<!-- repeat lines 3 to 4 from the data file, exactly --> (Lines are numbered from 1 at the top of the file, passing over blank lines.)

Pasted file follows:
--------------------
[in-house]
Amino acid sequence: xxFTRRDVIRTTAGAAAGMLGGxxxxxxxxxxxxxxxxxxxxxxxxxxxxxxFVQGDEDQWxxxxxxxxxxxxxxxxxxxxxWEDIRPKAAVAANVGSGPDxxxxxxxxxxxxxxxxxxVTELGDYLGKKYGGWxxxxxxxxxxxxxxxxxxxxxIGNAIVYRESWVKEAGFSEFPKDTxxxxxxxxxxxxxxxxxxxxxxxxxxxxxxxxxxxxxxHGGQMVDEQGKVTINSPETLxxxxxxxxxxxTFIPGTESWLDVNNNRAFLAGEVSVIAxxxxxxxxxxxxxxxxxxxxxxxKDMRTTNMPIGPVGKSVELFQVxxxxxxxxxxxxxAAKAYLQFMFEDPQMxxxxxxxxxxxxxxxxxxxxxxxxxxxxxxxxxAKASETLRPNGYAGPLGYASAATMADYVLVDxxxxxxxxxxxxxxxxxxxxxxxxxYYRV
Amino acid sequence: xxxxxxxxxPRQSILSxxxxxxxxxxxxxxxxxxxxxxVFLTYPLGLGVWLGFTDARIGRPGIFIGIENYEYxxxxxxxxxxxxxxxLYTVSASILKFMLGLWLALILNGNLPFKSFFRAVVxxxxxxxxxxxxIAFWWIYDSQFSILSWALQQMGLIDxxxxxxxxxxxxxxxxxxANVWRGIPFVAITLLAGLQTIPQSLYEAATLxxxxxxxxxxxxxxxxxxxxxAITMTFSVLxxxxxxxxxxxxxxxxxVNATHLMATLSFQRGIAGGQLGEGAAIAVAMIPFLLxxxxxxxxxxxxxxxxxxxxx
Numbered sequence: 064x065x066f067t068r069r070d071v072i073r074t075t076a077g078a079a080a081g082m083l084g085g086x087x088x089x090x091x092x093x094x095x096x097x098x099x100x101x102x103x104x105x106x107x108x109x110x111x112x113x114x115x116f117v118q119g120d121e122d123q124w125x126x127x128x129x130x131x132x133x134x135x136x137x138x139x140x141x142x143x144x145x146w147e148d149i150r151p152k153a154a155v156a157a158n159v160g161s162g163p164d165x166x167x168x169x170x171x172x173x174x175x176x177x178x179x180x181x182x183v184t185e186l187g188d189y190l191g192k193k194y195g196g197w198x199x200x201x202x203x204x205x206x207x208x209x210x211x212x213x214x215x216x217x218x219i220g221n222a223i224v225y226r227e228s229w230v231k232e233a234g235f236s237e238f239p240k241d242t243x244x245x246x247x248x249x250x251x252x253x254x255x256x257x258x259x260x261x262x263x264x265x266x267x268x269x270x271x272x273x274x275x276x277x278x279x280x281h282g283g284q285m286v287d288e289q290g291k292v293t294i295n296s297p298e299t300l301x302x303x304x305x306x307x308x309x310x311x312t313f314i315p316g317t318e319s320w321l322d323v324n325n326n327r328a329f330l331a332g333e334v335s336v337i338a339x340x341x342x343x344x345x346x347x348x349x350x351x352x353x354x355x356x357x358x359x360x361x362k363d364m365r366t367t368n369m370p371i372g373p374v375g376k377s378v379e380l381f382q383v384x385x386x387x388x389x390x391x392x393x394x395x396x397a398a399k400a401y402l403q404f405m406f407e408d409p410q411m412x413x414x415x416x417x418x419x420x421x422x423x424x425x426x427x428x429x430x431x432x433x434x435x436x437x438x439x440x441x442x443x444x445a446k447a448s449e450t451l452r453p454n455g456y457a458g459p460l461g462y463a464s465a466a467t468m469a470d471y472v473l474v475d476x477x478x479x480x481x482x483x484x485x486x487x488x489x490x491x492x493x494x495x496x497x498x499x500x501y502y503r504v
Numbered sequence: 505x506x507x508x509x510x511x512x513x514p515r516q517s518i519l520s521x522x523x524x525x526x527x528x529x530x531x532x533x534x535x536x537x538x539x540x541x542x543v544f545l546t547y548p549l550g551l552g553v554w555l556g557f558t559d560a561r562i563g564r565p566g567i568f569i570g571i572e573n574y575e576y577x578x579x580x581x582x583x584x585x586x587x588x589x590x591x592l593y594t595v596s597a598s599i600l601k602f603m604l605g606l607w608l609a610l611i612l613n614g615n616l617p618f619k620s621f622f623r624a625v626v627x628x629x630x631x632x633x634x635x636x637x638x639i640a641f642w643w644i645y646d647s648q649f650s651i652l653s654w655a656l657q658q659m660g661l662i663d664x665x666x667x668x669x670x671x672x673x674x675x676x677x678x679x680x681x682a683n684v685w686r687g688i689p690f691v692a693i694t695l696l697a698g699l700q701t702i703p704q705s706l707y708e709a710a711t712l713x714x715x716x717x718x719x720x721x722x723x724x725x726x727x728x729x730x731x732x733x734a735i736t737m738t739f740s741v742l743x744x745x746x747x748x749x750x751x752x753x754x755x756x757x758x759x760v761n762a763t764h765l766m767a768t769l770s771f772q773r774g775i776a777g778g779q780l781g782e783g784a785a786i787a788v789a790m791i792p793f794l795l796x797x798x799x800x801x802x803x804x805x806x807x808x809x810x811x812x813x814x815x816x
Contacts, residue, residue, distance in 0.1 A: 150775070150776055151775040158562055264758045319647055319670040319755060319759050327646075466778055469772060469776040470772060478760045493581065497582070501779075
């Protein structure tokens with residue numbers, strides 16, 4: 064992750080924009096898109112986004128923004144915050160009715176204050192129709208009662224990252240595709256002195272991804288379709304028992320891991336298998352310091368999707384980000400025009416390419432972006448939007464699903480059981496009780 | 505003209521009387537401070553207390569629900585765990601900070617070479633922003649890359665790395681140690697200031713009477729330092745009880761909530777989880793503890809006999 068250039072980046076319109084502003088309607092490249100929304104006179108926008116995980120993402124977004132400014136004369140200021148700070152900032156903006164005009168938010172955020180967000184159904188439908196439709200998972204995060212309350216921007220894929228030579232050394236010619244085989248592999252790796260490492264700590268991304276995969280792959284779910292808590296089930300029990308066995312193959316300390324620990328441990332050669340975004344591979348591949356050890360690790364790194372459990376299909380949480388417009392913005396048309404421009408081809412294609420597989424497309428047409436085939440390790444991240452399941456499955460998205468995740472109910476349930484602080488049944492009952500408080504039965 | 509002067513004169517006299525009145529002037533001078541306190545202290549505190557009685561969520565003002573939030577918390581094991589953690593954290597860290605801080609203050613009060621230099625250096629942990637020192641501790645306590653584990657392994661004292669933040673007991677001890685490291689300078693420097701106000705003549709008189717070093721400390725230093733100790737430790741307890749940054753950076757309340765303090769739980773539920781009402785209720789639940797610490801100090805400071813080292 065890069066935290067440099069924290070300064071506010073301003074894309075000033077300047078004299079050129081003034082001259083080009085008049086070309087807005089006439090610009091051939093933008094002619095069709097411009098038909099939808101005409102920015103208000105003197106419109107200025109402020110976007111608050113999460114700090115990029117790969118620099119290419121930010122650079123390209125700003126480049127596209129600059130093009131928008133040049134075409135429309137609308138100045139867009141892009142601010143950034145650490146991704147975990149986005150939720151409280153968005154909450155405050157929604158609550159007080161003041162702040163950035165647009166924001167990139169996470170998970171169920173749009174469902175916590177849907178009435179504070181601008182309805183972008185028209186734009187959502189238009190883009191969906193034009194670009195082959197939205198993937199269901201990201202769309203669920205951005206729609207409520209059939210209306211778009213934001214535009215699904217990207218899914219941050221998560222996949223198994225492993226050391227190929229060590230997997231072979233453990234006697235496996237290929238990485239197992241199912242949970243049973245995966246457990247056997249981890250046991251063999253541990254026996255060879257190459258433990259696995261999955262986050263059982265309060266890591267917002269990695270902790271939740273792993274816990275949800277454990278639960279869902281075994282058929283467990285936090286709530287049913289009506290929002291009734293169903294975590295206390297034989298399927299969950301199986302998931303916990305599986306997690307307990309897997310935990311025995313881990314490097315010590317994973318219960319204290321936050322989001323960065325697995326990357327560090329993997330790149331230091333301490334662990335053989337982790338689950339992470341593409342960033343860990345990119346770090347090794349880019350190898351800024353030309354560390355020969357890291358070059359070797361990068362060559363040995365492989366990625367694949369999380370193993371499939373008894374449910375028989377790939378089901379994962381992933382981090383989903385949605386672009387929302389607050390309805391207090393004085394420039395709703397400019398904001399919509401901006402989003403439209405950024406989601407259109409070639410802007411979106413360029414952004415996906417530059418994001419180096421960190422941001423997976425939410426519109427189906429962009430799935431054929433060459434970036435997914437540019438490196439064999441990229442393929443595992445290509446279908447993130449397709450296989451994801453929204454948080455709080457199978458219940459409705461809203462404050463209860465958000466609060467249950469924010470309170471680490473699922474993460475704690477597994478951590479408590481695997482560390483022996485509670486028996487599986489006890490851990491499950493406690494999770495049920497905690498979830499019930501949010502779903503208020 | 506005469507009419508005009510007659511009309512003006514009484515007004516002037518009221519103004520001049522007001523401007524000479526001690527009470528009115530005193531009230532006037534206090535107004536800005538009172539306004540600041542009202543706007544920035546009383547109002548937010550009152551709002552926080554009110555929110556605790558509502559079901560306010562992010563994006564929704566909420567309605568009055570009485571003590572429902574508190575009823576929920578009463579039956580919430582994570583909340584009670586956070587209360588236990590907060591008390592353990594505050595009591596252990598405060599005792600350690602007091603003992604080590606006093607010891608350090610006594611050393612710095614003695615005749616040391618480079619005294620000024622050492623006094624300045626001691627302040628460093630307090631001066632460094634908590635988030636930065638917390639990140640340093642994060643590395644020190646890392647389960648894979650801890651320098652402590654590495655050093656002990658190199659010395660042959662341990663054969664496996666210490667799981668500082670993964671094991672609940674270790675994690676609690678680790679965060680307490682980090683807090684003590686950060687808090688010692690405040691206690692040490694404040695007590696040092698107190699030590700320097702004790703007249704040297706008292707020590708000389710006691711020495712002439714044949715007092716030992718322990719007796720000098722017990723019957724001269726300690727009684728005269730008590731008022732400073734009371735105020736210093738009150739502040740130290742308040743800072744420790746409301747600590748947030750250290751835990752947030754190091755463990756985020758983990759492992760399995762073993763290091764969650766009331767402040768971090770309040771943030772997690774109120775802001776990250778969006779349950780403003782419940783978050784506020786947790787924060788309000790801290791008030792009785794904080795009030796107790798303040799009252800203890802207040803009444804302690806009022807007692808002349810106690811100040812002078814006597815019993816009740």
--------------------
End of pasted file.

Amino acid sequence: xxxxxxxxxPRQSILSxxxxxxxxxxxxxxxxxxxxxxVFLTYPLGLGVWLGFTDARIGRPGIFIGIENYEYxxxxxxxxxxxxxxxLYTVSASILKFMLGLWLALILNGNLPFKSFFRAVVxxxxxxxxxxxxIAFWWIYDSQFSILSWALQQMGLIDxxxxxxxxxxxxxxxxxxANVWRGIPFVAITLLAGLQTIPQSLYEAATLxxxxxxxxxxxxxxxxxxxxxAITMTFSVLxxxxxxxxxxxxxxxxxVNATHLMATLSFQRGIAGGQLGEGAAIAVAMIPFLLxxxxxxxxxxxxxxxxxxxxx
Numbered sequence: 064x065x066f067t068r069r070d071v072i073r074t075t076a077g078a079a080a081g082m083l084g085g086x087x088x089x090x091x092x093x094x095x096x097x098x099x100x101x102x103x104x105x106x107x108x109x110x111x112x113x114x115x116f117v118q119g120d121e122d123q124w125x126x127x128x129x130x131x132x133x134x135x136x137x138x139x140x141x142x143x144x145x146w147e148d149i150r151p152k153a154a155v156a157a158n159v160g161s162g163p164d165x166x167x168x169x170x171x172x173x174x175x176x177x178x179x180x181x182x183v184t185e186l187g188d189y190l191g192k193k194y195g196g197w198x199x200x201x202x203x204x205x206x207x208x209x210x211x212x213x214x215x216x217x218x219i220g221n222a223i224v225y226r227e228s229w230v231k232e233a234g235f236s237e238f239p240k241d242t243x244x245x246x247x248x249x250x251x252x253x254x255x256x257x258x259x260x261x262x263x264x265x266x267x268x269x270x271x272x273x274x275x276x277x278x279x280x281h282g283g284q285m286v287d288e289q290g291k292v293t294i295n296s297p298e299t300l301x302x303x304x305x306x307x308x309x310x311x312t313f314i315p316g317t318e319s320w321l322d323v324n325n326n327r328a329f330l331a332g333e334v335s336v337i338a339x340x341x342x343x344x345x346x347x348x349x350x351x352x353x354x355x356x357x358x359x360x361x362k363d364m365r366t367t368n369m370p371i372g373p374v375g376k377s378v379e380l381f382q383v384x385x386x387x388x389x390x391x392x393x394x395x396x397a398a399k400a401y402l403q404f405m406f407e408d409p410q411m412x413x414x415x416x417x418x419x420x421x422x423x424x425x426x427x428x429x430x431x432x433x434x435x436x437x438x439x440x441x442x443x444x445a446k447a448s449e450t451l452r453p454n455g456y457a458g459p460l461g462y463a464s465a466a467t468m469a470d471y472v473l474v475d476x477x478x479x480x481x482x483x484x485x486x487x488x489x490x491x492x493x494x495x496x497x498x499x500x501y502y503r504v